Why You Never Have To Peel Tomatoes Again For Your Sauces
I meant to write this post last summer, but I was busy writing a children’s book about butterflies instead, The Butterfly Ball. Now that the tomatoes are ripening I am currently canning roasted marinara sauce. I have been wanting to share a few tips with you that came from a cooking school in Italy.
In the winter I started my roma tomatoes indoors and then moved them outside after the last frost. Much to my surprise and delight our heirloom white currant tomato plant from last year reseeded itself with abundance! Their sweetness makes delicious tomato sauce without needing to add any sugar to the recipe.
I have never been to Italy, but two of our sons traveled to Italy several years ago. While there they attended a cooking class on how to make tomato sauce. This particular culinary school placed whole tomatoes into a blender. They did not peel nor did they core the tomatoes. I figured if the Italians did it this way then I would, too. So ever since then I use whole tomatoes in my sauces and they are delicious. There have also been numerous scientific studies proving that tomato skins and seeds are rich in lycopene and other carotenoids (β-carotene).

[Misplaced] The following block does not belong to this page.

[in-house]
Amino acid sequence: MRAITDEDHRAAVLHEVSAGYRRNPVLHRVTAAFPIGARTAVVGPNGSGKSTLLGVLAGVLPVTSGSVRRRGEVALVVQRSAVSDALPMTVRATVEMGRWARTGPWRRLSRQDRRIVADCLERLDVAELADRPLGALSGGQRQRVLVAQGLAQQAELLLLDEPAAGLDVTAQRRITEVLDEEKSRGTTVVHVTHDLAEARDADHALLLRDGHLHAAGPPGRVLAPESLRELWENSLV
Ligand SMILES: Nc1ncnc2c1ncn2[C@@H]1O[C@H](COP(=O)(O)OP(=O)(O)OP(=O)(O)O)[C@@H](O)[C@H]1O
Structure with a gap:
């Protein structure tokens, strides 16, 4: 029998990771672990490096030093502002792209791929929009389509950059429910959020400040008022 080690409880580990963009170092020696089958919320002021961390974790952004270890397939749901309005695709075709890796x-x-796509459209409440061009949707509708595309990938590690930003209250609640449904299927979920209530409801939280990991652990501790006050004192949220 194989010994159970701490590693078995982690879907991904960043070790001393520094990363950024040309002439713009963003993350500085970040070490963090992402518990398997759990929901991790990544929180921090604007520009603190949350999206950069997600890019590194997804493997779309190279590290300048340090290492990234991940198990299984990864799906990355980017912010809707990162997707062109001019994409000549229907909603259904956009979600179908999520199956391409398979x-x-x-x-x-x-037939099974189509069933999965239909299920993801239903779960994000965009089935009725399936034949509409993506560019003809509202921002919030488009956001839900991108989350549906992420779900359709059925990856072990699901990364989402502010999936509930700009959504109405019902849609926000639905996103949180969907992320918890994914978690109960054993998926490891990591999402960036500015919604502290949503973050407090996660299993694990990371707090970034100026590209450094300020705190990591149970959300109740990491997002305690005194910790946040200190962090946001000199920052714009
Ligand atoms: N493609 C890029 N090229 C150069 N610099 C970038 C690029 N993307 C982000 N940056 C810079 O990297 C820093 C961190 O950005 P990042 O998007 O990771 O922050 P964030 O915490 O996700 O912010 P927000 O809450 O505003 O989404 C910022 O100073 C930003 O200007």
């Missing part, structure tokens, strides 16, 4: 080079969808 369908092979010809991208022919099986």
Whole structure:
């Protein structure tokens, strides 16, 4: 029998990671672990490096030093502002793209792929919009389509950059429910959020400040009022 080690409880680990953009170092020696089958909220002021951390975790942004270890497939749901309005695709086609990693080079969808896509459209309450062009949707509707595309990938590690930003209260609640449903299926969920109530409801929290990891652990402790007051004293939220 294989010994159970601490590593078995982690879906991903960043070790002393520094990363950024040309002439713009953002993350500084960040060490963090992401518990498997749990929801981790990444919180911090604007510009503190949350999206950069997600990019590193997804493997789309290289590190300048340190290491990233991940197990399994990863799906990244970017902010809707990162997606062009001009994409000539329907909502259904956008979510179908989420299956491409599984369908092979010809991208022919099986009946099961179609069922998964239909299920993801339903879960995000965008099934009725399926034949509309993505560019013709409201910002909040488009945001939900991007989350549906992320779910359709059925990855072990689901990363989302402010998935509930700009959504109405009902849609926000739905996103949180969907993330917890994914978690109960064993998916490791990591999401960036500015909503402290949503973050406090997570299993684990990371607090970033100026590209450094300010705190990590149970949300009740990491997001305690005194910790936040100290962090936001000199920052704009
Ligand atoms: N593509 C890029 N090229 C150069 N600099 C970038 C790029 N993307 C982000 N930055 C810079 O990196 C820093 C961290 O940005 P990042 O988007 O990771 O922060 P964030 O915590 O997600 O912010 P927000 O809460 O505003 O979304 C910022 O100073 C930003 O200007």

I roast my ingredients in my Dutch oven for about 40 minutes (NOT including my herbs – even though the basil is shown in this picture). The Italian cooking school said to wait to the very end of cooking to add your herbs. In my Dutch oven I roast the tomatoes, garlic, and a small beet from my garden for both extra nutrition and a beautiful color. After roasting the ingredients I process them through my blender.
The roasted sauce then simmers on low until it reaches the consistency we like for our marinara sauce. I add the fresh herbs from our garden just before pouring the sauce into my canning jars. I hope these are helpful tips for your home grown tomato sauce.